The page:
One of the most popular applications of this was also a video game, called Pokémon Go, which made millions of people worldwide hunt virtual monsters using their smartphones a few years back.

Mixed Reality or MR takes it one step further. It allows you to interact with the virtual and physical environment at the same time, blending the real and the computer-generated world.

There are already dozens of Extended Reality services existing today ranging from educational, medical, collaborative to even military applications. One of these is Spatial, a New York and San Francisco based startup that enables teams to turn their environment into a virtual workspace using AR/VR headsets.

Medical applications

The coronavirus pandemic has forced millions of students and teachers to get accustomed to distance education.

Take Gábor for example, who teaches emergency care for university and high school students in Budapest. In each class, he is required to use online tools mandated by the different institutions he works for, so he constantly juggles between different collaboration and video services. As he soon found out, keeping students engaged online is a constant challenge.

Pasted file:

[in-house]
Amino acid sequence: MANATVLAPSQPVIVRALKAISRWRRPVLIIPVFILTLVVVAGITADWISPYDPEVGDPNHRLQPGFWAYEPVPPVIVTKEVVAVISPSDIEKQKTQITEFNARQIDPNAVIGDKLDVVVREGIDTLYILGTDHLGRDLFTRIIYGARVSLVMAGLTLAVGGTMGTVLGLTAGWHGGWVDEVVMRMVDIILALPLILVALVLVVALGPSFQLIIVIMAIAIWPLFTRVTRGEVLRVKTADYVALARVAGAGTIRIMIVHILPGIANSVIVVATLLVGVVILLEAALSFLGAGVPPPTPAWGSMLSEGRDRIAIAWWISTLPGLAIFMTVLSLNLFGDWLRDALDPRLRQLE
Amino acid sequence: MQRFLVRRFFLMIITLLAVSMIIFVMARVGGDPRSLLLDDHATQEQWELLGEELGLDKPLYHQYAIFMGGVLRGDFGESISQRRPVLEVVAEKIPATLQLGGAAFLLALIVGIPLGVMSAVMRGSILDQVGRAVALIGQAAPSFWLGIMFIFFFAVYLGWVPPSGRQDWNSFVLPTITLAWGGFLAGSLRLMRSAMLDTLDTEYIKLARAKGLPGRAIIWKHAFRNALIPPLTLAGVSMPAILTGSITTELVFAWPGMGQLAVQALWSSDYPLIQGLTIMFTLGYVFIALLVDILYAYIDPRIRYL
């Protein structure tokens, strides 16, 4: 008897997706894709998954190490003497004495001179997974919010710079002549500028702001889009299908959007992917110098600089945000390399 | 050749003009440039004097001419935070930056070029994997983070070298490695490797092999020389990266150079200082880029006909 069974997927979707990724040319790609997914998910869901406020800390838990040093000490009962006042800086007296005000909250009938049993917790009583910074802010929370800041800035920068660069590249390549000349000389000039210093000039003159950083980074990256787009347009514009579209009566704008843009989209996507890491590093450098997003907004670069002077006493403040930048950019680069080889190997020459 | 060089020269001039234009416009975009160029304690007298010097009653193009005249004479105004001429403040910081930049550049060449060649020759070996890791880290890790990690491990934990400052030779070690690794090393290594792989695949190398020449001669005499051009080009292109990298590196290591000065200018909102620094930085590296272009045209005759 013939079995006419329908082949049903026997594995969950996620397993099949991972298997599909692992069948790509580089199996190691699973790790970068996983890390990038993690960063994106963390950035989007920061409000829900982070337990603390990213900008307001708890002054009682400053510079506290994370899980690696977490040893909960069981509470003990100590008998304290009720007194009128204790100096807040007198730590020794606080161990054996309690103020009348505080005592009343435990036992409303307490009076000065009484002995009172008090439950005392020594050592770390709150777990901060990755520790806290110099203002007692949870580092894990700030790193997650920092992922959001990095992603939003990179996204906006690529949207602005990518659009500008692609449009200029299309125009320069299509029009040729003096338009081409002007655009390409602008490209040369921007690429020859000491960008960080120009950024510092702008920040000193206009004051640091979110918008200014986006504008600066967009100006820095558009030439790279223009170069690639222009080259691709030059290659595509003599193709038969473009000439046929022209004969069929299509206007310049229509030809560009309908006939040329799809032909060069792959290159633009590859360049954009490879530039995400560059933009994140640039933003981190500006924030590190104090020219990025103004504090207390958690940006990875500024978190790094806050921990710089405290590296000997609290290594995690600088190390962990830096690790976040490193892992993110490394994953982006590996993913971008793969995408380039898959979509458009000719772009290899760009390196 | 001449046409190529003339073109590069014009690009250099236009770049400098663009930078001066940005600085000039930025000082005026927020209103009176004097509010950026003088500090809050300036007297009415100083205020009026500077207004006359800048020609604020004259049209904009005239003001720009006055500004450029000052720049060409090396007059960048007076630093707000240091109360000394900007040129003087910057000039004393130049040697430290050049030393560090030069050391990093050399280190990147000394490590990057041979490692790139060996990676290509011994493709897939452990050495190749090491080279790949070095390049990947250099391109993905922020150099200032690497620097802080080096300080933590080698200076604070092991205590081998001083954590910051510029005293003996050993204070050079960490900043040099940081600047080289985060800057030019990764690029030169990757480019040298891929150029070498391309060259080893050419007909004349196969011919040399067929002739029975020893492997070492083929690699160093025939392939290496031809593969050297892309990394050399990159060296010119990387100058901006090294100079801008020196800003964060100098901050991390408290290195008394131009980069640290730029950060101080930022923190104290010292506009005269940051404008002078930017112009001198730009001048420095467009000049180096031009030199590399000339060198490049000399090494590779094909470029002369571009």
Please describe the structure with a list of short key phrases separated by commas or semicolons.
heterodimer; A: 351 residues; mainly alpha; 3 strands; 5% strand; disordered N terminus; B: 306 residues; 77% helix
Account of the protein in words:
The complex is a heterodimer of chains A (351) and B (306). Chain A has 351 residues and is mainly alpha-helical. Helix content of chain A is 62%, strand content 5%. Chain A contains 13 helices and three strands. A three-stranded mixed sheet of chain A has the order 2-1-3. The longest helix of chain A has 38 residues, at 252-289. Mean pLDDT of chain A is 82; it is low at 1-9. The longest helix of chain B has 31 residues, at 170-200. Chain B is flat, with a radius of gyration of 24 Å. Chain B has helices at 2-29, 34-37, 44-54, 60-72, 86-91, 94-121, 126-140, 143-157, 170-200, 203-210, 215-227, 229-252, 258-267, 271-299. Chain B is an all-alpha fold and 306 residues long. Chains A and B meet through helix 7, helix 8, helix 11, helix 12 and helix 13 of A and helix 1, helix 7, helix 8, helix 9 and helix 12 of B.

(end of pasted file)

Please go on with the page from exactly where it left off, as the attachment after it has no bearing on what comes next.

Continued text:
What if Gábor’s students, instead of just listening to lectures and completing online tests, could practice first aid on a 3D-model in a virtual environment? This is exactly the service that Health Scholars, a Denver-based VR startup has developed. Medical professionals use their software to get training in advanced cardiac life support.

Wearing VR headsets, a student is placed in a virtual room where he or she has to direct a team of paramedics to save the life of a virtual elderly man who just had a heart attack.

There are countless other applications of Extended Reality technologies in the medical profession. Using AR, highly trained surgeons can guide doctors performing surgeries thousands of miles away, CT and MRI scans can be projected to the patient’s body, giving doctors X-ray vision.

VR can even improve empathy towards the elderly, showing doctors what it feels like to have age-related illnesses.

The current crisis shows that our healthcare system is highly reliant on face-to-face meetings with our doctors. Wider adoption of XR technologies could make it possible to have access to healthcare even when visiting the hospital is not possible.



This article is part of the #DemocraCE project.

#DemocraCE Fellow. Freelance journalist, editor and videographer

Eastern European Futures

In 2009, the European Union and six of its Eastern neighbours launched the Eastern Partnership (EaP) with the stated aim of building a common area of shared democracy, prosperity, stability and increased cooperation. A decade on, however, progress has been mixed.

Visegrad Insight is published by the Res Publica Foundation. This special edition has been prepared in cooperation with the German Marshall Fund of the United States and supported by the International Visegrad Fund.